Background: Despite parents' stated desire to treat pain in their children, recent studies have critiqued their underuse of prescribed analgesics to treat pain in their children after painful procedures. Parents' analgesic preferences, including their perceived importance of providing pain relief or avoiding adverse drug effects may have important implications for their analgesic decisions, yet no studies have evaluated the influence of preferences on decisions to withhold prescribed opioids for children.
Objectives: We prospectively explored how parents' preferences influenced decisions to withhold prescribed opioids when faced with hypothetical dilemmas and after hospital discharge.
Design: Prospective Observational Study Design: Phase 1 included hypothetical analgesic decisions and Phase 2, real analgesic decisions after hospital discharge.
Setting: Large tertiary care pediatric hospital in the Midwest of the United States.
Participants: Five-hundred seven parents whose children underwent a painful surgical procedure requiring an opioid prescription were included.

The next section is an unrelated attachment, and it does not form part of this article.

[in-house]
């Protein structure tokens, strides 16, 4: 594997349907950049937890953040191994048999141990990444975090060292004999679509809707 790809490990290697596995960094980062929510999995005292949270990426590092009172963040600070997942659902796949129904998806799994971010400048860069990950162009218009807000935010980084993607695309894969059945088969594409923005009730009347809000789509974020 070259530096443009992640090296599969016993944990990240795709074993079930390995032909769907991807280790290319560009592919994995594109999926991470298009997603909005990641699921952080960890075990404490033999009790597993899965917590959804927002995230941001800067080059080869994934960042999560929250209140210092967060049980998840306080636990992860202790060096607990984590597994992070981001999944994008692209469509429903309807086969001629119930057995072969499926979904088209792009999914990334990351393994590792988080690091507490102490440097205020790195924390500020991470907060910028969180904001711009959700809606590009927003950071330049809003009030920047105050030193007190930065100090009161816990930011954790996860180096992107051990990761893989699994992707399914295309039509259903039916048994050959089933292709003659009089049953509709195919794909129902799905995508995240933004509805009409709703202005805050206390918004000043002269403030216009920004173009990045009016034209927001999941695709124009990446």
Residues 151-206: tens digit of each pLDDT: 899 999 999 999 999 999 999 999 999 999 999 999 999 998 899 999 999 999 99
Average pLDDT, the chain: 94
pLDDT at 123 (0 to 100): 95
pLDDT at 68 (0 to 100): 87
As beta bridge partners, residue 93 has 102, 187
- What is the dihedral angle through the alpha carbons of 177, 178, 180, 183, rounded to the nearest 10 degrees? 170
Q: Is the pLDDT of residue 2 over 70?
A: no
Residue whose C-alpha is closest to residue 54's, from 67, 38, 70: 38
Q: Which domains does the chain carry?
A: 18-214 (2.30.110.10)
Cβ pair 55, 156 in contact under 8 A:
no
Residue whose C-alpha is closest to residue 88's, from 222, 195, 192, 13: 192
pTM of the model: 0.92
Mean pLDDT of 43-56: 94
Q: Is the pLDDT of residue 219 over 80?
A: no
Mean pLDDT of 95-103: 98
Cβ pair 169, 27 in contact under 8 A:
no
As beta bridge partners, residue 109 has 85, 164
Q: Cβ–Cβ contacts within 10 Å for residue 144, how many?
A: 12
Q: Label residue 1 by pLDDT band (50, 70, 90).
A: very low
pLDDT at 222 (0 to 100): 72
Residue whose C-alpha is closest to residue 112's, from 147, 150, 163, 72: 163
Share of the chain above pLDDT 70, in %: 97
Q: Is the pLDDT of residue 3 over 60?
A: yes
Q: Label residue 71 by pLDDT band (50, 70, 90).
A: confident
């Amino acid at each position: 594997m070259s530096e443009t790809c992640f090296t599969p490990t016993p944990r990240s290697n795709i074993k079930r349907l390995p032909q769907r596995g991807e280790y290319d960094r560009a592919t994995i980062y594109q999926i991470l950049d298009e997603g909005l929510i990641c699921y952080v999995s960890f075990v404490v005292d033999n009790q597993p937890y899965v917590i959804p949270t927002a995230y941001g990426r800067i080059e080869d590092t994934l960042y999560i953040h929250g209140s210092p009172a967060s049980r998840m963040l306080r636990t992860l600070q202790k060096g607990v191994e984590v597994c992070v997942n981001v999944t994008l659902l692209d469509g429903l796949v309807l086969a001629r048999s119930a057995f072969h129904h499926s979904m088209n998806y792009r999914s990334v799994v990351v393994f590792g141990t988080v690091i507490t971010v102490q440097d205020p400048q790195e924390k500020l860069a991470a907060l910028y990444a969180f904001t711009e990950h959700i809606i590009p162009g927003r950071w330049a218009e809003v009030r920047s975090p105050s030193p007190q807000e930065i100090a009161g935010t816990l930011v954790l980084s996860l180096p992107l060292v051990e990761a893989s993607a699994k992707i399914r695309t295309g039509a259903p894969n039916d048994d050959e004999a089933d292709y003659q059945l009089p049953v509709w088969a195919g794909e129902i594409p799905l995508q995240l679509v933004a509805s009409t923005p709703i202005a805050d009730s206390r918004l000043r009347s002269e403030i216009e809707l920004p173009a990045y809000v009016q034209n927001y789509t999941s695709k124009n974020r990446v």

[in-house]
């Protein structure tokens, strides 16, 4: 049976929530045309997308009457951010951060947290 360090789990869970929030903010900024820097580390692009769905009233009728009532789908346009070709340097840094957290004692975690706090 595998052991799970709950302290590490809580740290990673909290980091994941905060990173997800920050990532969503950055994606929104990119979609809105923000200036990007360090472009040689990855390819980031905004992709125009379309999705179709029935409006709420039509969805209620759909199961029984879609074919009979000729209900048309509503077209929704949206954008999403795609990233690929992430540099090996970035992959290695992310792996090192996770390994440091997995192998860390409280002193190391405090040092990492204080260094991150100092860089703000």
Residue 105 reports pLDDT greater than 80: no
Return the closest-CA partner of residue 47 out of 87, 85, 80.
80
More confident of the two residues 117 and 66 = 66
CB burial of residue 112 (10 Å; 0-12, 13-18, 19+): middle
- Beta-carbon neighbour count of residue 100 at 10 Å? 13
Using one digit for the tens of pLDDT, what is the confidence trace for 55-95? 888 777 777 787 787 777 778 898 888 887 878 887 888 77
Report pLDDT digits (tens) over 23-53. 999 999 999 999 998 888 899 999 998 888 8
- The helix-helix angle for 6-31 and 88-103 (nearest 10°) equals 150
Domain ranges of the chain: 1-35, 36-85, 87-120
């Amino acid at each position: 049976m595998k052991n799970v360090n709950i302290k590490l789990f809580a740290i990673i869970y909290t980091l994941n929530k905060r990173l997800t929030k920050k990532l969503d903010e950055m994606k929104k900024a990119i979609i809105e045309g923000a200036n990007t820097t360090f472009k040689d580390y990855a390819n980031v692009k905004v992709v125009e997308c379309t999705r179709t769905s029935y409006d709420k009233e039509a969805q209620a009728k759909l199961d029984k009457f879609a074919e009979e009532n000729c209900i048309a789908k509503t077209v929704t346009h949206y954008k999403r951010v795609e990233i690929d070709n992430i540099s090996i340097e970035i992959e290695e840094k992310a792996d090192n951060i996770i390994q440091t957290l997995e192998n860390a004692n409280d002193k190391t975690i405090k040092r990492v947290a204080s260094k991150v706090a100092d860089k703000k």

Methods: At baseline, parents completed surveys assessing their pain relief preference (i.e., their rated importance of pain relief relative to adverse drug event avoidance), preferred treatment thresholds (i.e., pain level at which they would give an opioid), adverse drug event understanding, and hypothetical trade-off decisions (i.e., scenarios presenting variable pain and adverse drug event symptoms in a child). After discharge, parents recorded all analgesics they gave their child as well as pain scores at the time of administration.
Results: Higher preference to provide pain relief (over avoid analgesic risk) lessened the likelihood that parents would withhold the prescribed opioid when adverse drug event symptoms were present together with high pain scores in the hypothetical scenarios. Additionally, higher preferred treatment thresholds increased the likelihood of parents withholding opioids during their hypothetical decision-making as well as at home. The strong influence of these preferences weakened the effect of opioid ADE understanding on decisions to withhold opioids when ADEs (i.e., nausea/vomiting or oversedation) were present together with high pain.
Conclusions: Findings from this study suggest that preferences strongly influence and may interfere with parents' effective and safe analgesic decision-making when conflicting symptoms (i.e., high pain and an ADE) are present. To improve effective analgesic use, there is a need to shape parents' preferences and improve their understanding of safe actions that will treat pain when ADE symptoms are present.
Keywords: Analgesic decisions; Children; Opioid safety; Parents’ analgesic preferences.
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